Introducing the RPC Tuesday at Rutgers Series
You've heard the buzz. You've seen the fliers. Watch the short video introduction below from Peter Rinaldi and Lesley Countryman about the exciting new Tuesdays in The Sanctuary series coming to our church. More information about events and future opportunities will be shared via our social media and in our weekly bulletins and email.
Click here for an introductory video to the series.
Rutgers newly upgraded AV system and what that means for you!
It is with great joy we can announce the completion of our newly renovated Audio Visual System in the sanctuary. This includes upgraded 4K cameras and a revamping of our audio capabilities. With this new system we can also incorporate our Worshippers joning us via our Zoom link into the worship. We also offer the service live via our Youtube Channel. There are many ways to worship with us at Rutgers and we look forward to welcoming you.
A newly created video about the art display in our Sanctuary - celebrating 28 years of art programs for children at RPC
A short video about the art display in our sanctuary - celebrating 28 years of art programs for children at Rutgers Church.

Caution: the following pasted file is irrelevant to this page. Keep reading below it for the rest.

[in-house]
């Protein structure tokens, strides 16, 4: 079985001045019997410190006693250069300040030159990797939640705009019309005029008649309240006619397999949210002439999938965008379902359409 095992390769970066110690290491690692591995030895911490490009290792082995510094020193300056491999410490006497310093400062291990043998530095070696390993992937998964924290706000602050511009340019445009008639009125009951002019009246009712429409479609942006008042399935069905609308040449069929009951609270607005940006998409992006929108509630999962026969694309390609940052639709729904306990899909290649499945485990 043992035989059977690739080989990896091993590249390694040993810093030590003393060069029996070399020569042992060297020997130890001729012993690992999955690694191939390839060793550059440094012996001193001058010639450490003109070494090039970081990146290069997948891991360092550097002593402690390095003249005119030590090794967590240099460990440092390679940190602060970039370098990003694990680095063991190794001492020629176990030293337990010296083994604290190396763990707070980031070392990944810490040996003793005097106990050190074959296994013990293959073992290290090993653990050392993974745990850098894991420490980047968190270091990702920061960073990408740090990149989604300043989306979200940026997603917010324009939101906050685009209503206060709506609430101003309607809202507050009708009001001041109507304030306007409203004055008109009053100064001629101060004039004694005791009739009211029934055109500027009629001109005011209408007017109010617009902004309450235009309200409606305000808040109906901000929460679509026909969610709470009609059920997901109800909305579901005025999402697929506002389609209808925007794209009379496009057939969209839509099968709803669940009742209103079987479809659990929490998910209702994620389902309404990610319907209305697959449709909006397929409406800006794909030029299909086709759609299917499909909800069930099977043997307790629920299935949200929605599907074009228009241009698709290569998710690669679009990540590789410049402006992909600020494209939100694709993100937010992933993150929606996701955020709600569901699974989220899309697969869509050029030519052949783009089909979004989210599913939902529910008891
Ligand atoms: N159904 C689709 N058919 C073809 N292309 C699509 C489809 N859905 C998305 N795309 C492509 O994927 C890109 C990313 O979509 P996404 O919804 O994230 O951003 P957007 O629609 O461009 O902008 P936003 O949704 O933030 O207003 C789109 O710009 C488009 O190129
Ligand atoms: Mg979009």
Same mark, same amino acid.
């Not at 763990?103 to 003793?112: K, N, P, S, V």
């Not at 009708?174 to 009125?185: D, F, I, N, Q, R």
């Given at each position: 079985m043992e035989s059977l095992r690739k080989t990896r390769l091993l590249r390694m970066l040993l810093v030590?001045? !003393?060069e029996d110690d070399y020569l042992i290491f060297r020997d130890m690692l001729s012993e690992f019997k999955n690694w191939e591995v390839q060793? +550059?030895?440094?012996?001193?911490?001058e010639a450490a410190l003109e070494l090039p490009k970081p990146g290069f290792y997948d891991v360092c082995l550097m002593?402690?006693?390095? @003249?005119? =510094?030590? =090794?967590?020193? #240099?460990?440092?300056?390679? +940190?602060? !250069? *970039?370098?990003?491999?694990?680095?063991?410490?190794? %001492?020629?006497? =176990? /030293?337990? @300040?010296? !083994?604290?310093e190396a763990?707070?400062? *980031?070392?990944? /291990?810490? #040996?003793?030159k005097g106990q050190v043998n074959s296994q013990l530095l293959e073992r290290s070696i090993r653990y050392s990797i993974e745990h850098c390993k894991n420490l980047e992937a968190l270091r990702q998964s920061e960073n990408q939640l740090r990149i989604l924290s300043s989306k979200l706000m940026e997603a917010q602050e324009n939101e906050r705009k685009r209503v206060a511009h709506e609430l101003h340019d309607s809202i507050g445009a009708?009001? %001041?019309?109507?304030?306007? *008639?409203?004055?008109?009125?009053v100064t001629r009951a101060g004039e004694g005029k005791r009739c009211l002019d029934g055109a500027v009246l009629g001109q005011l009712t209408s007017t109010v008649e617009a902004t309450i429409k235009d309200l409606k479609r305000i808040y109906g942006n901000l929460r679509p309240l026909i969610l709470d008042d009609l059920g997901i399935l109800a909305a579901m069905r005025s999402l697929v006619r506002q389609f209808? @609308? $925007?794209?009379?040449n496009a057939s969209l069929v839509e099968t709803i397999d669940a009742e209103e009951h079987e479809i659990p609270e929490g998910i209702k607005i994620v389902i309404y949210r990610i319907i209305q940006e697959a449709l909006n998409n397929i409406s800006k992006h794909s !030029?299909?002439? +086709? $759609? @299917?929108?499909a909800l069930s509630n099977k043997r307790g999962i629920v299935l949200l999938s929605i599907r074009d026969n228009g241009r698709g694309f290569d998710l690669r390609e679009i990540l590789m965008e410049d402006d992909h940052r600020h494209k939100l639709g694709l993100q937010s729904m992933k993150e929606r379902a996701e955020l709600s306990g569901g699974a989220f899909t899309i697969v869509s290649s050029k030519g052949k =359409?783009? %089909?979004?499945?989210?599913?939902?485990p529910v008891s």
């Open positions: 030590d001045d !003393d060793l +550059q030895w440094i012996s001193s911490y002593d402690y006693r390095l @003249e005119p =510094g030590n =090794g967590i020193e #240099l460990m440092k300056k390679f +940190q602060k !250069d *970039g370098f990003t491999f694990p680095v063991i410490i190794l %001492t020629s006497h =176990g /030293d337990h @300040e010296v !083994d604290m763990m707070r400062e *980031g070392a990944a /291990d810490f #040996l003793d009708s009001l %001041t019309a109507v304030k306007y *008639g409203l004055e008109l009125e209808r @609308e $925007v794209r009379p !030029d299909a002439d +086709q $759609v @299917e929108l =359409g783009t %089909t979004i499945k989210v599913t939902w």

Our new Christian Educator, Heelee Velez resumes monthly Youth Group!!!
Monthly Youth Group gathering will be at 2pm on the first Sunday of each month - starting on Nov 6. For more information please email email@example.com.
Youth Group members and families are invited to help out at Thursday Night Meal at 5:15pm on thelast Thursday of each month - starting on Oct 27.
RPC welcomes a new Christian Educator, Heelee Velez
Heelee was born and raised in Busan, South Korea. She majored in Theology in undergrad in Seoul, South Korea, and moved to Princeton, Jew Jersey, in2013 to begin her Master of Divinity and Master of Arts in Christian Education at Princeton Theological Seminary. After completing her Masters in 2018, Heelee began her PhD in Biblical Studies - New Testament - at Princeton Theological Seminary. She just finished her 4th year and is currently taking a leave of absence. Heelee has worked as Christian Educator in various capacities both in South Korea and in the United States since 2008.
Rutgers continues to help with reuniting families from Afghanistan including one of their very own
A wonderful article about Rutgers employee, Basbibi Kakar and the heroic effortsto get 8 of her family members out of Afghanistan and into Jersey City with the help of Rutgers Church! Certainly a great joy!!
Dr. Carl Lindskoog's article on Haiti
Read Rutgers Church member, Dr. Carl Lindskoog's very important article in the Washington Post on the treatment of Haitian migrants. Full article here.
Welcome Back - In person worship resumes October 17 at 11am
We are returning to In Person worship Sunday October 17. All those in attendance please be fully vaccinated with proof of vaccination. We also ask you to remain masked during the service. Services will also continue to be offered via Livestream and Zoom each Sunday. Thank you and See you Sunday at 11:00am!!!